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George Keulen, who received a double-lung transplant because of cystic fibrosis, is photographed during a walk in the Watershed Park in Delta, British Columbia, on Jan. 21, 2017.

Rafal Gerszak

George Keulen was 28 years old when he was told he had only a few months to live. The cystic fibrosis he had been battling his entire life was taking over, leaving him unable to walk more than 20 steps without gasping for breath.

With his lungs functioning at 20 per cent, Mr. Keulen's sole chance of survival – a double lung transplant – depended on a perfect stranger.

"Waiting for a transplant is incredibly frustrating, and you start to lose hope pretty quickly," said Mr. Keulen, who spent a total of 200 days at Vancouver's St. Paul's Hospital before he received a new pair of lungs on June 28, 2010.

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Mr. Keulen's surgery was one of 295 transplants done in British Columbia that year, and the province recently announced that the rate has increased. This past year, 423 people received organs, the highest number of transplants performed in a single year in the province.

British Columbia's transplant rate was once among the lowest in the country, but it has climbed steadily. In 2014, B.C. had the fourth-highest number of transplants countrywide, behind Ontario, Quebec and Alberta.

Ontario is still at the top, with 1,100 transplants in 2016, but B.C. is also a leader, with 20.3 for every million of the population registered to be donors – well above the national rate of 18.2 donors for every million. B.C. also also marked other milestones this past year, including the most lung and heart transplants in a year, and one million people officially registered in the Organ Donor Registry.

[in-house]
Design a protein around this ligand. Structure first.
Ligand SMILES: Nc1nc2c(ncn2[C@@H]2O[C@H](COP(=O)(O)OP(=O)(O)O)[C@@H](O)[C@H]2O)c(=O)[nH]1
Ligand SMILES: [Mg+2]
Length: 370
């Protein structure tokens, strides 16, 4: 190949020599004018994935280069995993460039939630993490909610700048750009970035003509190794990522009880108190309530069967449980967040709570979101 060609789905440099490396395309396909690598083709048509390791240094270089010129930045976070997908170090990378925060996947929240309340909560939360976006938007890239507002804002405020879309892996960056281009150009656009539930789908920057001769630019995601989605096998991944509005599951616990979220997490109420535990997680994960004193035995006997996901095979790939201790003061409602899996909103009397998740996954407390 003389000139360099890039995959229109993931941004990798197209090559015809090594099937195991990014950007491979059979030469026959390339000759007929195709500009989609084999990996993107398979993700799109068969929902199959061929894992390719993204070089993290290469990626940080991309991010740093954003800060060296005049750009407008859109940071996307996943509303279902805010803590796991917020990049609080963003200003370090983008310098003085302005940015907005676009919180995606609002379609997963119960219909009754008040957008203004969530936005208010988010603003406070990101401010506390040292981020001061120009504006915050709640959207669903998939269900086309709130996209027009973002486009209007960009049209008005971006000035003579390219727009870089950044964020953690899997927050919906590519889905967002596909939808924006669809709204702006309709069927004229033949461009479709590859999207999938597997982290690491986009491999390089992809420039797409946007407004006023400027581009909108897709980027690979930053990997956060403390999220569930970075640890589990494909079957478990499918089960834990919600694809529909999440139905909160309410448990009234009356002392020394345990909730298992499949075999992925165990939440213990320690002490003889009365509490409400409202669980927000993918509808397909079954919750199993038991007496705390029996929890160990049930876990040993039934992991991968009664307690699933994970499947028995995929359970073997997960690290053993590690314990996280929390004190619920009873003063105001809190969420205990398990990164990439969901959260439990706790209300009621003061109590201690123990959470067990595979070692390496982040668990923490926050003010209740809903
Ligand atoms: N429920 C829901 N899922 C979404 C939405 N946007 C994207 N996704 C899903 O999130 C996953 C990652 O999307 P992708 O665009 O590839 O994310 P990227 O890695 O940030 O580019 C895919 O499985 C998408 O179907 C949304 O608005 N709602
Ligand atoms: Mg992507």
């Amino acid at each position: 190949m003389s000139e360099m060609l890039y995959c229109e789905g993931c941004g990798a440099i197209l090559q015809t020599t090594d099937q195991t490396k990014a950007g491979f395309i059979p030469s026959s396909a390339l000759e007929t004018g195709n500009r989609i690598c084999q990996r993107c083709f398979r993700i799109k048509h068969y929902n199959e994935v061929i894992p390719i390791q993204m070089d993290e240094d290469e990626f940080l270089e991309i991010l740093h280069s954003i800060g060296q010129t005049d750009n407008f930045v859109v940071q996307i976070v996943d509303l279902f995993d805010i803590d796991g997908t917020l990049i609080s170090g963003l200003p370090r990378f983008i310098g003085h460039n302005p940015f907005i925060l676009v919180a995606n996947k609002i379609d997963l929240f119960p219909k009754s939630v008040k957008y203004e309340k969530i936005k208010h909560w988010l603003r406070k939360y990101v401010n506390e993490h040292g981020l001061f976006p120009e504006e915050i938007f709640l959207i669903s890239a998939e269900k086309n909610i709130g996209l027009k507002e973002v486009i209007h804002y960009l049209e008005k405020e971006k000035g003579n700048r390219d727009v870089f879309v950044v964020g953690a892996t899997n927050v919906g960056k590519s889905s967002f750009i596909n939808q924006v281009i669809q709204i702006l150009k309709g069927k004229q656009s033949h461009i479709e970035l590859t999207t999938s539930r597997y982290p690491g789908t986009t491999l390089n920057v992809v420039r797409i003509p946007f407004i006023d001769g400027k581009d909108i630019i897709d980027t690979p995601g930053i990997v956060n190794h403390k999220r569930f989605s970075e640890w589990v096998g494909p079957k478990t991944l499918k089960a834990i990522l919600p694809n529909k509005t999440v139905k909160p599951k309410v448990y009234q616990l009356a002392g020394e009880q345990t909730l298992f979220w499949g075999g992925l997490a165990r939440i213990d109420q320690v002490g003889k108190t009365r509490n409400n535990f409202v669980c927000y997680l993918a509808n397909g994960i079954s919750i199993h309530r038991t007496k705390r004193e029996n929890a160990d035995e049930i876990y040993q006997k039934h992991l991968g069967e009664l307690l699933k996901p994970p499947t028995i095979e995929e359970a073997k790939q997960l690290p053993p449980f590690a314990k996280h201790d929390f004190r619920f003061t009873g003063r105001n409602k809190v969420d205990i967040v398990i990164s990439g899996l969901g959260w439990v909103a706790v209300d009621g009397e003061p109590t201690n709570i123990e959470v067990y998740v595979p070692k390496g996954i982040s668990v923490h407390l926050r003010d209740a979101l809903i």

"We have gone from one of the worst in the country in terms of transplant rates to as good as the best," said David Landsberg of St. Paul's Hospital, head of the province's renal transplant program.

Dr. Landsberg and his team attribute the record-breaking year to more education and awareness about organ donation both inside and outside hospitals. Donation co-ordinators are stationed in hospitals to remind people about organ donations.

"We're certainly pleased with these numbers, but we think we can do even better," Dr. Landsberg said. "Transplant programs also grow by experience, so as we do more transplants, it leads to more success."

The supply of available organs has increased recently because of the province's opioid crisis, which killed more than 900 people last year.

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Dr. Landsberg said 25 per cent of the deceased donors that have come into the program so far in 2017 had overdoses.

He said that the phenomenon is a tragedy, "but for patients who have been in desperate need of transplants, it's been a blessing."

All organs are tested for diseases, but recipients are still advised when an organ comes from someone who engaged in high-risk behaviour, he added.

Despite last year's success, 651 British Columbians are still waiting for transplants.

"We had a strong year, but we need everyone's help to do even better," said Sean Keenan, medical director for donations and services at BC Transplant. "We are nowhere near our potential."

Mr. Keulen, now 34, has high hopes for even more improvement to the program that saved his life. Since his double lung transplant six years ago, he has hiked Vancouver's Grouse Grind and biked across British Columbia twice to raise money for cystic fibrosis research.

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"It sounds so cliché that you're given a second chance at life, but you truly are," said Mr. Keulen. "It's so powerful to go from a place where you know you're going to die to a place where all of the sudden literally you can go back and do anything you want in life."

With a report from The Canadian Press

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